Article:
Social marketing 101; respond to your customers about social issues too

Does your organization have a Facebook page where a customer can either “Like” or become “Friends”? Nowadays businesses are either riding the social media train or stranded at the depot. Clients and customers love the personal touch and having the ability to comment on an issue; the problem arises however, when no one from the company responds back or follows up on a complaint, lack of service, or even a social issue.

Statistically the majority of Facebook posts and Tweets remain unanswered. Of course, if the news media grabs onto something particularly egregious, the firestorm rages on, but in general customers just fade away because no one ever responds. As we live in a technologically advancing world where even seven-year-old children carry  smart phones, social consciousness becomes a major factor when building brand loyalty and increasing the number of new customers referred by existing customers.

Recently the Northface clothing company, a high end organization of outerwear was singled out by one of the humane organizations for purchasing and using duck down for their coats and vests that had been purchased from a company who participated in the especially cruel practice of raising ducks for foie gras. If you’re not familiar with the ongoing contentious issue, geese or ducks are fattened artificially by inserting metal tubes down their throats and fed enormous helpings of maize to fatten up their livers. Foie gras is considered a delicacy and commonly sells in excess of $30.00 an ounce. At first Northface ignored the comments on their Facebook page, but as irrefutable evidence of Allied Feather and Down being one of their suppliers who support the foie gras industry, Northface needed to address the issue. Finally on February 20, the organization posted an update stating they did not condone the practice of force-feeding geese, apologized and regretted not having “greater insight into the origins of down” and were working to find long-term solutions to avoid sourcing down. The company now claims to have organized a Down Task Force establishing a traceability system of new procedures.

In another example of a growing social consciousness, Lancome (L’Oreal) still tests finished products on animals; another especially cruel practice when photos of suffering dogs, cats, rabbits and even mice are posted all over Facebook and other related media outlets. It is interesting to note that by 2013 all animal testing for cosmetics will be banned across the European Union. A few weeks ago I posted on the Lancome Facebook page and asked why they were still using live animals. My first post was deleted, but the second time I received a reply denying that animals were still being used, but also directing me to a press release link explaining that the company was working on alternative skin testing methods.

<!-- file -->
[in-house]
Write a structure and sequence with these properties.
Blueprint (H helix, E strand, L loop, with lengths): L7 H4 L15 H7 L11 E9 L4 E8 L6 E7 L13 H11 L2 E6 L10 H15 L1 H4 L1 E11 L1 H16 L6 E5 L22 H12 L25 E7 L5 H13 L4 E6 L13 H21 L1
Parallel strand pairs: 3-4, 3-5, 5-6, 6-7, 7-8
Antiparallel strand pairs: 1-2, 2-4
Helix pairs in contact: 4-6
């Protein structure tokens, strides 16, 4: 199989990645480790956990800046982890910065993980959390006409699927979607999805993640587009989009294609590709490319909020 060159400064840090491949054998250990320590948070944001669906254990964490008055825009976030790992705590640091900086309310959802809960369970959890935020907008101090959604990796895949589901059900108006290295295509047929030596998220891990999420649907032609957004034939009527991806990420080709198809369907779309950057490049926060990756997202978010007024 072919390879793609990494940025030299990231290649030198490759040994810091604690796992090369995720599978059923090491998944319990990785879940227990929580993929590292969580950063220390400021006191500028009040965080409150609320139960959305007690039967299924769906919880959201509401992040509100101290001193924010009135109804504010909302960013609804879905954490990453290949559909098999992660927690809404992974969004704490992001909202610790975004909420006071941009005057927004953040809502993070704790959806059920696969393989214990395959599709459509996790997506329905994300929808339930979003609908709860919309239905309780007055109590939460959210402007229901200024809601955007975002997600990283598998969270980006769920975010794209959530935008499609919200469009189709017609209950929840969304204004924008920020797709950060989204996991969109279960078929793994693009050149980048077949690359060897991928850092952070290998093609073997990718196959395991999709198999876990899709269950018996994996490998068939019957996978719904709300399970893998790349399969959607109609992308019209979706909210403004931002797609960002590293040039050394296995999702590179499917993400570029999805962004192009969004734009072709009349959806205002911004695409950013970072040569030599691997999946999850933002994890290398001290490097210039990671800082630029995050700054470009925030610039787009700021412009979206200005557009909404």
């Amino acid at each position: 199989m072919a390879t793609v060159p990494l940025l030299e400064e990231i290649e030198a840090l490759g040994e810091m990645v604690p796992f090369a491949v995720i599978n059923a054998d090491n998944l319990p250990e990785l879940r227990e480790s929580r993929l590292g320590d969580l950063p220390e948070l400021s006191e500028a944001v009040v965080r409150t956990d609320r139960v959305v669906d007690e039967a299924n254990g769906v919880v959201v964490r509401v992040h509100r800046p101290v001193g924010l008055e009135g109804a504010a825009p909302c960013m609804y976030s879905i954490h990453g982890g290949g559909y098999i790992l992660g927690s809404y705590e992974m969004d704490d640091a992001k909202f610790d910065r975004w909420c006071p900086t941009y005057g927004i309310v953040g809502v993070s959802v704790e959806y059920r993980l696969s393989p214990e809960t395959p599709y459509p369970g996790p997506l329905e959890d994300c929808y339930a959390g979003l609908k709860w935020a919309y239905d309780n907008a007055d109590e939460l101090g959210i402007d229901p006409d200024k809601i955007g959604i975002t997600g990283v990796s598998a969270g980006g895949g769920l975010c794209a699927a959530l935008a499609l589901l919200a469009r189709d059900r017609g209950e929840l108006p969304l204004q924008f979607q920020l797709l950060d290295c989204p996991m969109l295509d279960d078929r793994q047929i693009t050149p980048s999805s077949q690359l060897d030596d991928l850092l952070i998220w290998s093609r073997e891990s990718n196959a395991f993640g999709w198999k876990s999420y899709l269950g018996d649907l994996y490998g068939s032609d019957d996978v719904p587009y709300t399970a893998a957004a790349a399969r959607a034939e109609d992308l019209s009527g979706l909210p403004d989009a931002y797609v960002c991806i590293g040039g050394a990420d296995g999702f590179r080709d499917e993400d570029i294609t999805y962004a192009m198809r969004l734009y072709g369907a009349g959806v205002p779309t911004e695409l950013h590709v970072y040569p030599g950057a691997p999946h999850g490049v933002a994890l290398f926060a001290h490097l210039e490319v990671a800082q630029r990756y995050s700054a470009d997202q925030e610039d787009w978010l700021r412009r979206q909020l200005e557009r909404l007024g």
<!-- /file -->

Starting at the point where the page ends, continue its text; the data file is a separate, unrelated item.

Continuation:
There’s no doubt that companies need to continue working on their social media listening skills because the Internet is not going away. Customer service representatives need to establish reasonable policies aligned with their brand in a social conscious world where information is no farther away than typing in the word “Google”. We live in an ever emerging mindset of sustainable products and new moralities. While we all strive to make a living and produce the best products at the best prices, the world has changed and more customers demand more answers.

6 Responses to “Social marketing 101; respond to your customers about social issues too”

  1. Jared said:

    Apr 05, 12 at 1:45 am

    If you can’t find a solution to their complaint, a competitor sure will haha. Thanks for the post Cheryl!


  2. Joe McFadden said:

    Apr 06, 12 at 12:53 pm

    Just responding to people on social networks can stop a lot of fires before they even start. Social media puts the conversation squarely in the hands of the consumer and ignoring it doesn’t make the buzz go away, especially when dealing with a hot button topic. But even simple customer service help, letting people know you hear them, can make social media a powerful tool for companies.

  3. Clark Macario said:

    Apr 06, 12 at 3:25 pm


    I enjoyed reading the blog post. I have to agree. There’s no doubt that businesses should and need to use social media to connect with the customers. They do reply whenever a customer has a concern. This immediate feedback adds value to the customer service experience and to their overall reputation.

  4. Alex S. said:

    Jul 17, 12 at 6:23 pm

    Social media is huge for companies. A lot of users/customers look for and reach out to companies through social media.

  5. Ronni Yearsley said:

    Nov 21, 12 at 11:08 pm

    We should always focus on social issues so that we can solve them as early as posible. ^

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